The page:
Five fabulous Welsh heroines

Welsh history is a veritable feast of strong and industrious women who are warm and accomplished. We want to celebrate some of them on the blog, whether they’re the imaginings of bards or actual women who have made their mark in Wales’ story. Read on, and feel empowered!

Lady of the Lake

Many of you will have heard of the Lady of the Lake who gave the sword Excalibur to King Arthur, but did you know she inhabited a lake in Wales? Llyn y Fan Fach is picturesque, glacial lake on the western edge of Brecon Beacons National Park. Our beautiful Lady of the Lake lived in its depths.

After much flirting, she married a local farm lad but insisted on a pre-nuptial agreement. The clause stated that if he struck her three times, she would go straight back to her lake and take all the farm animals with her. We like a woman who knows her worth!

They lived happily on a farm not far from Myddfai for many years, and she bore him three sons. The farmer broke the conditions of their marriage pact, harming his lovely wife, and so she dived back into the lake (taking all the cattle with her). Years later she appeared to the eldest son, Rhiwallon, and give him a bag of medical recipes and instructions. She told him that he and his family had a calling to heal the sick, and so were born the Physicians of Myddfai, famed since medieval times as gifted healers.

In common with many Welsh heroines, the Lady of the Lake’s marriage ended in tears, but acting with dignity, she ensured that she returned to impart some motherly advice and helped her children build a legacy.

Mary Jones

The story of Mary Jones and her Bible used to be told to all Welsh schoolchildren as it documents a wonderful journey full of determination and grit.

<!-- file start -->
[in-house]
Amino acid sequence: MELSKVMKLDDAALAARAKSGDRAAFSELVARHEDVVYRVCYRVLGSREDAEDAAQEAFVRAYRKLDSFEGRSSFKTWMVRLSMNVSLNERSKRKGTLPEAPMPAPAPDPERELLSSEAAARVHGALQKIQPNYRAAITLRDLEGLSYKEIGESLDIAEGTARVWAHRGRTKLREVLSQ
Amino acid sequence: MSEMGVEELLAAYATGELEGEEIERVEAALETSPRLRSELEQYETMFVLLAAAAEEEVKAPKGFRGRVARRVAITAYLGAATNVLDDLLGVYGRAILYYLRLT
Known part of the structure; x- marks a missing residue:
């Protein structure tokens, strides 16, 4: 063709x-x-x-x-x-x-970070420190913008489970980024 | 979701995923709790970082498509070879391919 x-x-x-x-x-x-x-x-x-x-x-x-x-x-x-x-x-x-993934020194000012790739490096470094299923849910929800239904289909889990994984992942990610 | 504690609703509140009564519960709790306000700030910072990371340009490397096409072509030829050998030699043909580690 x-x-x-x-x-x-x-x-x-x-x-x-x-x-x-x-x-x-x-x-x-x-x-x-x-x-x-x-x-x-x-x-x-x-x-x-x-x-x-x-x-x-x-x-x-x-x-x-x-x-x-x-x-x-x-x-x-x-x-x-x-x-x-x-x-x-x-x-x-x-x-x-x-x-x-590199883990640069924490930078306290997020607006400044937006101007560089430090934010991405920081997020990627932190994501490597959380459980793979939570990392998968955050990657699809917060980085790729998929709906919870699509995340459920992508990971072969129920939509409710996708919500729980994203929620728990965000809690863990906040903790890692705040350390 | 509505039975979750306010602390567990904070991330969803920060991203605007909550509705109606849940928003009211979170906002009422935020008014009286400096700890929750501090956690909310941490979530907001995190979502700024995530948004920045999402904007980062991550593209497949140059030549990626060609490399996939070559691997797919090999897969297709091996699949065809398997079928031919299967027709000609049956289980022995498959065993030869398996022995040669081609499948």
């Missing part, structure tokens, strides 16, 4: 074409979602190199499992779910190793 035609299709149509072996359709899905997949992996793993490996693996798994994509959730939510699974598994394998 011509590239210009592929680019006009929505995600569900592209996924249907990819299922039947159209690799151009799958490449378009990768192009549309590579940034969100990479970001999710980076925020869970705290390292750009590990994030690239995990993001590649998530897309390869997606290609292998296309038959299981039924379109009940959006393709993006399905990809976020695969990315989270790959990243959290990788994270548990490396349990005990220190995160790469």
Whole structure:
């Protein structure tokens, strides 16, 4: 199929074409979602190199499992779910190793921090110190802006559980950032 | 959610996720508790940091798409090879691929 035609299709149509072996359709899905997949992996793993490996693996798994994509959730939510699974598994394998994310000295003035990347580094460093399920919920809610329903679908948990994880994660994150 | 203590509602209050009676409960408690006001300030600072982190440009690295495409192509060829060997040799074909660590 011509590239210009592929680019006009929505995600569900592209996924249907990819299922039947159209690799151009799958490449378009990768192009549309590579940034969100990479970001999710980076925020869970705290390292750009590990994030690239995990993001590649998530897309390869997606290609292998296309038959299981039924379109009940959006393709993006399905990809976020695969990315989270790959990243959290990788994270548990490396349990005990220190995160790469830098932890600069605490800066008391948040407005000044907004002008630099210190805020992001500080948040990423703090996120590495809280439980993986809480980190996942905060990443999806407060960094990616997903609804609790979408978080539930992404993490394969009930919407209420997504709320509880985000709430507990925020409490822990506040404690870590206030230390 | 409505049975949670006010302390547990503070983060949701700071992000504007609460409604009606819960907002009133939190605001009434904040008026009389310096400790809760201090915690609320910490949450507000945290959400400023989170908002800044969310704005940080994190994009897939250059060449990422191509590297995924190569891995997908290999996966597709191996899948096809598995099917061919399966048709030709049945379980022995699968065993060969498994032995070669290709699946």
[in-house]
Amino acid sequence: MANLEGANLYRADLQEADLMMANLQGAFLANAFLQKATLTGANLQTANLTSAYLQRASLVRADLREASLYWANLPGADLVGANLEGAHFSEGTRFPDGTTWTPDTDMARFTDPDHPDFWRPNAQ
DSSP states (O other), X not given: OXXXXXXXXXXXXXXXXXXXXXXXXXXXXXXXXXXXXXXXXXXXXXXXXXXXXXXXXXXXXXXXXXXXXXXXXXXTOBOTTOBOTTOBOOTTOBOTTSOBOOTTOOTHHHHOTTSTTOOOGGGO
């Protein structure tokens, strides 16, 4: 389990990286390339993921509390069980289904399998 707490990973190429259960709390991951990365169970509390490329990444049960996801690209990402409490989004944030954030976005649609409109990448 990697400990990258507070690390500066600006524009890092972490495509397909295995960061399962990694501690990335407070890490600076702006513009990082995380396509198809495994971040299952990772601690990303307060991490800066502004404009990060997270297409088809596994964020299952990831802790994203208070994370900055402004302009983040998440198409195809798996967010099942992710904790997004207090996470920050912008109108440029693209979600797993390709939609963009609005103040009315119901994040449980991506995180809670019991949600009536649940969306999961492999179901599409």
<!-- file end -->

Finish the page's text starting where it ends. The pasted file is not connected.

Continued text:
In 1800, 15-year-old Mary Jones from Llanfihangel-y-Pennant (at the foot of Cader Idris) walked twenty-five miles barefoot across treacherous, mountainous terrain. Why, you ask? She wanted to buy a Bible from the Reverend Thomas Charles.

Devoutly religious, Mary had to complete a four-mile round trip to read the nearest Bible, which was housed on  a farm. She was desperate to have a Bible of her own, and decided to save up until she could have on – this apparently took six years! The only person who had copies of the Bible was Thomas Charles of Bala, the local reverend, and so, according to legend, Mary Jones set out to walk to claim this precious boon.

Upon arriving in Bala, she discovered that Thomas Charles had either sold or promised all of the copies he had. and she was heartbroken. However, so moved was he by her dedication to her faith that he arranged accommodation for her until fresh supplies arrived.

The legend differs here, with some stories claiming that he gave her his own Bible. Others suggest that he gave her three Bibles in return for the money for one. Either way, it’s said that Mary, elated, walked back home singing hymns and clutching her prize.


The Mabinogion isn’t particularly forgiving for women, but Rhiannon is a really likeable character who frequently demonstrates strength and grace. Happy for the most part, she is married to  Pwyll, a prince of Dyfed. She’s the heroine of choice for lots of animal lovers – we first meet her on a gleaming white horse – and has three magical birds whose song can ‘wake the dead and lull the living to sleep’.

Rhiannon bore Pwyll a son. The child disappears on the night after his birth, even though six women are appointed to keep watch on the new mother and her child. The women smear the blood of puppies onto Rhiannon’s face and hands to implicate her. Rhiannon is accused of killing the child, and is forced to sit outside the castle in Narberth as punishment. She endures this terrible treatment as Pwyll searches for their son, and she’s forced to tell her story to passers-by, and offer to carry visitors and pilgrims on her back into the court.

Teyrnon Twryf Liant found the baby on his doorstep after chasing a monster away from his home. When the child’s resemblence to Pwyll becomes apparent, he is returned to his parents. Rhiannon is vindicated. Rhiannon exemplifies the deeply human with the divine, and her endurance of the tragic yet redemptive narrative arc as the Horse Goddess carries a great impact.

Lucy Thomas

My coal is equal to any mans, failure to grant entry will lead to my business lining another’s pockets.

Most of the industries that women work in today were completely male-dominated in the 1800s. Positions of power were almost exclusively held by men, but here is a woman who showed her ability to make an impact in her field.

Lucy Thomas was known as ‘the mother of the coal industry’, because she took over the running of her husband’s business upon his death in 1833. He had discovered a rich coal seam in Merthyr and Lucy was left with an estate of just under £1,000. It was seen as just-about-acceptable for a widow to continue her husband’s business.